Sunday evening while it was raining hard my son had noticed an unusual amount of traffic going down the street. We looked out and saw there was flooding at the end of our block. The water covered the tires of trucks pushing through. Streets all over the area were blocked by flood water and drivers were looking for alternate routes. Some left cars and walked home in the driving rain.
Detroit expressways were filled with water. A thousand cars were abandoned. A 100 year old woman drowned. The news coming in on Monday was devastating.
Yesterday I went to a quilt shop some miles away. Everywhere along the streets are piles of what were once finished basement family room comforts: home theater chairs, couches, mattresses, bookcases and media storage, children's toys, suitcases, boxes of Christmas ornaments, mementos.
|Just a block away houses were flooded.|
|The block behind us was hard hit.|
In June we had a serious foundation crack filled. It required cutting out and repairing drywall. It cost about $800. We had no water in the basement on Sunday. It was a lucky break we had the work done when we did. We are on a long hill side. Work had been done on the city sewer and the line from the house. We were so lucky.
I had just switched insurance carriers days before the rain. I knew we had $5,000 coverage for sewage backup. That would not cover much I now realize.
I cry when I see the piles along the road. I imagine the pain people are feeling. Had it been us, I would have lost my quilts, my new and vintage fabric stash, my Bernina, my handkerchief collection, my books, my family photos and slides, my quilt patterns, my writing files, my genealogy papers. My quilt "I Will Lift My Voice", which was in the 2013 American Quilt Society shows in Lancaster and Grand Rapids, was appraised for several thousand dollars. And it is only one of many still in pillowcases in boxes downstairs.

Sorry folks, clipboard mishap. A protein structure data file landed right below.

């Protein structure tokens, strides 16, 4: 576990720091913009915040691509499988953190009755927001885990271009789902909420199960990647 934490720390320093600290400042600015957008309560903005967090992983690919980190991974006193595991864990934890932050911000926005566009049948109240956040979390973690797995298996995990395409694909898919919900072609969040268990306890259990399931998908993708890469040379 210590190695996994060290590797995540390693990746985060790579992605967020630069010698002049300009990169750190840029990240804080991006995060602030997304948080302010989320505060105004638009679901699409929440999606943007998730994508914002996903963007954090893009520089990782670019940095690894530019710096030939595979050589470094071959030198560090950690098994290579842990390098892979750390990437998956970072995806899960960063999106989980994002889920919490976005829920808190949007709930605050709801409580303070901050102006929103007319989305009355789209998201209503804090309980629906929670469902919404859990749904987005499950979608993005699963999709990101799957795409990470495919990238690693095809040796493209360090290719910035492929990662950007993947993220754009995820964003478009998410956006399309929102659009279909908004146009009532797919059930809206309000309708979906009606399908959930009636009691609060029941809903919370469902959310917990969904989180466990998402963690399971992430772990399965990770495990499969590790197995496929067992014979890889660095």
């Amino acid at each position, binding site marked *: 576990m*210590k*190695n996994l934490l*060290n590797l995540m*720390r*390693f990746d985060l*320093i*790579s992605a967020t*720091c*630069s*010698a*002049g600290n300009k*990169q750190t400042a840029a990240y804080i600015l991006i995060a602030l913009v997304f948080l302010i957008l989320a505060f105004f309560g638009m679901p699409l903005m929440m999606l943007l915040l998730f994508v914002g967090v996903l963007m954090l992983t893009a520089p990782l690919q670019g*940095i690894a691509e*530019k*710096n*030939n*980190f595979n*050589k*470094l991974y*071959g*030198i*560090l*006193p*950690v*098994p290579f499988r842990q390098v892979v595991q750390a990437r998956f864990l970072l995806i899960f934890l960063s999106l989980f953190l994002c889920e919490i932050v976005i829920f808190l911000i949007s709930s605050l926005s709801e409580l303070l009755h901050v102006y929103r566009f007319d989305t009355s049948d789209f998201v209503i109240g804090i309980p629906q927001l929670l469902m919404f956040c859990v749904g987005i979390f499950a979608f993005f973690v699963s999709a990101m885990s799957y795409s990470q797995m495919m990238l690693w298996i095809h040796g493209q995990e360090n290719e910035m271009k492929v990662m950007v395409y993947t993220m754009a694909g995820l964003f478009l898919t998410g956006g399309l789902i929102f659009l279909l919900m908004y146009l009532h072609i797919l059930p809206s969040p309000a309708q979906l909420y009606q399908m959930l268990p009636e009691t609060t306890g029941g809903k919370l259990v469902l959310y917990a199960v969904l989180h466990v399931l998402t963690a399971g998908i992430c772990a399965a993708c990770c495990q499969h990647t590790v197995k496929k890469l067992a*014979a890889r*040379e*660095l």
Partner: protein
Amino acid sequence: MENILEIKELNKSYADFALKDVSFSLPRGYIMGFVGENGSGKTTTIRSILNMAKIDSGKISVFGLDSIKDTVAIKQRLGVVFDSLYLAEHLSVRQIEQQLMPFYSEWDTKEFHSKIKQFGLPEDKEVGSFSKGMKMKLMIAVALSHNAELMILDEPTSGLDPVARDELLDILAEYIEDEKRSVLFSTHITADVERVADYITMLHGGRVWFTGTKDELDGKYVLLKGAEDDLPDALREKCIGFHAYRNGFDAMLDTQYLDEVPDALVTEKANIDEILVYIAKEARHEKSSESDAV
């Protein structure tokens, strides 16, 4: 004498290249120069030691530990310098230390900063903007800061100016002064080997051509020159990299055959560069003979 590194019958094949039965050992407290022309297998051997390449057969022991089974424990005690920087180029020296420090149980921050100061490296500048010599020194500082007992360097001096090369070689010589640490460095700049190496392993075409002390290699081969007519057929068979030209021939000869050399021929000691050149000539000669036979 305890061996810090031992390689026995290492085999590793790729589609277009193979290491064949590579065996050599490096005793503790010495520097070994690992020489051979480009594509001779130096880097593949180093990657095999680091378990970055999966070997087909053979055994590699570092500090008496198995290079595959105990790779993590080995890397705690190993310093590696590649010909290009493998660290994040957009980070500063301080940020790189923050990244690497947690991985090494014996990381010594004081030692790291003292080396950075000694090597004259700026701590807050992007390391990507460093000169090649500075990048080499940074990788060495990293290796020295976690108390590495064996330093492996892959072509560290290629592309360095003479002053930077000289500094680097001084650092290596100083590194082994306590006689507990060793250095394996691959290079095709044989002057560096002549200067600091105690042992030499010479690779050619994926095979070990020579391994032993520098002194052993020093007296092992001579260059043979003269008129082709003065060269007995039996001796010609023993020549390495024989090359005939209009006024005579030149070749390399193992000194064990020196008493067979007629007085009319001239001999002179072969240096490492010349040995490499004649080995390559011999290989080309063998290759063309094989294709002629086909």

"Only connect" E. M. Forster wrote in one of my favorite novels, Howard's End. I can connect to the loss of these families because I can imagine what my loss would have been.
Last fall articles appeared about a study showing that literary fiction by writers such as as Don DeLillo, fosters in readers a psychological awareness and social empathy that carries over into real life. Genre and popular fiction leads what you are to feel while reading. Literary fiction allows the reader to fill in the blanks, co-create the character.
I have just finished reading two books about families dealing with crisis, grief and loss. In recent months I read The Sun Also Rises by Ernest Hemingway and Don DeLillo's White Noise. Could my constant tears be rooted in having read such books?
I am no psychologist. I have no idea if there is a connection. Perhaps I just have an overactive imagination... which would be feed by having read so many books...